What’s on the Telly

What’s on the Telly

I’m not ashamed of it. I’ll say it loud and I’ll say it proud:  I love watching English television!

I grew up in the ‘70s watching Doctor Who. We didn’t have BBC America back then. I had to catch when I could on the local PBS station. I was hooked--really hooked. The idea of a quirky alien with an English accent flying through the galaxy in a blue police box was fascinating to me. Yes, the special effects were hokey, but the stories were fun and exciting, and if you listened closely there was plenty of social commentary. The show was discontinued in the mid-‘80s, but was revised 10 years ago in an effort to reach out to a whole new generation. I confess that I’m still a Doctor Who junkie and I always will be.

Like so many others, I was caught up in all of the hoopla over Downton Abbey. It’s a little odd, really, that Americans were drawn to a show about English aristocrats. But the characters were well developed and there was always plenty of drama. As a lawyer, I took a special interest in things like the “entail” -- the conveyance that left the Crawley girls without any inheritance rights and created all of the chaos in the first season. We learn so many things in law school that have faded into history. It’s nice to see some of these legal concepts not only mentioned, but also playing a major part in the storyline.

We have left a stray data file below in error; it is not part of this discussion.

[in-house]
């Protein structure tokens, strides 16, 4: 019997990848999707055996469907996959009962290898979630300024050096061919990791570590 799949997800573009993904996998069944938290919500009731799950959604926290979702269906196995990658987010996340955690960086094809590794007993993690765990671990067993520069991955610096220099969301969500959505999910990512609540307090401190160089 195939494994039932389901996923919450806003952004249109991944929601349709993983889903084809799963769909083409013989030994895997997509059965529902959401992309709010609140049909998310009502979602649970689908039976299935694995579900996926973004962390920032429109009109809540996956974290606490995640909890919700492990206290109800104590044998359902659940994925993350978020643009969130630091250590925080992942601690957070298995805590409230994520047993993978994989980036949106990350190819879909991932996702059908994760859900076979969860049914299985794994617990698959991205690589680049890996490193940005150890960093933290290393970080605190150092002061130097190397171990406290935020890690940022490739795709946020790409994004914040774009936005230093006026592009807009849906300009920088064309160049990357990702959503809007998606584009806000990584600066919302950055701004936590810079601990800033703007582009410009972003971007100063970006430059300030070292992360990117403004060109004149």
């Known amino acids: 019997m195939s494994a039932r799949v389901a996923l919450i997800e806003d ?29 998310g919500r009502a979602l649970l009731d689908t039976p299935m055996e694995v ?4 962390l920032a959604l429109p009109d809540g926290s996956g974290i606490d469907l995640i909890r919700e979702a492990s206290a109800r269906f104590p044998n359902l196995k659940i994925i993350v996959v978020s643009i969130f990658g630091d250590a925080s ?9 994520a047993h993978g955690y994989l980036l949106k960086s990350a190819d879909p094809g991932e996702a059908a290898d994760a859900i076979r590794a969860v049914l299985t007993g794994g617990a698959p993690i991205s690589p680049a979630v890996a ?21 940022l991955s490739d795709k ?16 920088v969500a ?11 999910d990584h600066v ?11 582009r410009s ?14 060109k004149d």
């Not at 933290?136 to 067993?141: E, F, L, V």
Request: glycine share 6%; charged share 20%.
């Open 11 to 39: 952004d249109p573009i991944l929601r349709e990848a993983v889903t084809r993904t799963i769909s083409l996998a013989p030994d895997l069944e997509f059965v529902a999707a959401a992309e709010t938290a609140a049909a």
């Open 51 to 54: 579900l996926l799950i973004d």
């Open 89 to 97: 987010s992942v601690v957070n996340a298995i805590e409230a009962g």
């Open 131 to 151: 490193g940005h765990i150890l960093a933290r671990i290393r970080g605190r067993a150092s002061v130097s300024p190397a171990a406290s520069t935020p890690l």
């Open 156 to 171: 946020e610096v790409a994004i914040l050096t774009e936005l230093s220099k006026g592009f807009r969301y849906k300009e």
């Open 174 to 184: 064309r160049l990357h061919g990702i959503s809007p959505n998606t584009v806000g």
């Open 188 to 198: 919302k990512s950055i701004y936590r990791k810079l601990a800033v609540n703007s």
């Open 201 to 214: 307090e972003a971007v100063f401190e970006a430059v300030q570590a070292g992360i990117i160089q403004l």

It was only a few years ago that I discovered Call of the Midwife. This series is set in London in the ‘40s and ‘50s, and follows the exploits of a group of midwives who worked closely with a nunnery. Here again the Brits have a handle on good characters and good storytelling. To be honest, the stories can be heartbreaking. There’s plenty of poverty, death and difficult medical issues that are simply beyond the technology of the day. But if you’re like me, you come to admire these young women and their determination in the face of constant hardship. 

I can’t possibly write a blog about English television without mentioning the new Sherlock series. The concept is simple enough: take the heart and soul of the Sherlock Holmes character and transplant him into a modern setting. I’ve got to tell you, it’s one of the most thrilling and engaging shows I’ve ever watched. Benedict Cumberbatch is a wonderful, award-winning actor, but he’s at his best creating this contemporary version of Sherlock.  Watch it for yourself. You won’t be disappointed, I promise.

What about you? Have you been swept up by television from across the pond? What’s your favorite?  I would love to hear from you!


I�m not ashamed of it. I�ll say it loud and I�ll say it proud: I love watching English television! I grew up in the �70s watching Doctor Who. We didn�t have BBC America back then. I had to catch when I could on the local PBS station. I was hooked--really hooked. The idea of a quirky alien with an English accent flying through the galaxy in a blue police box was fascinating to me. Yes, the special effects were hokey, but the stories were fun and exciting, and if you listened closely there was plenty of social commentary. The show was discontinued in the mid-�80s, but was revised 10 years ago in an effort to reach out to a whole new generation. I confess that I�m still a Doctor Who junkie and I always will be.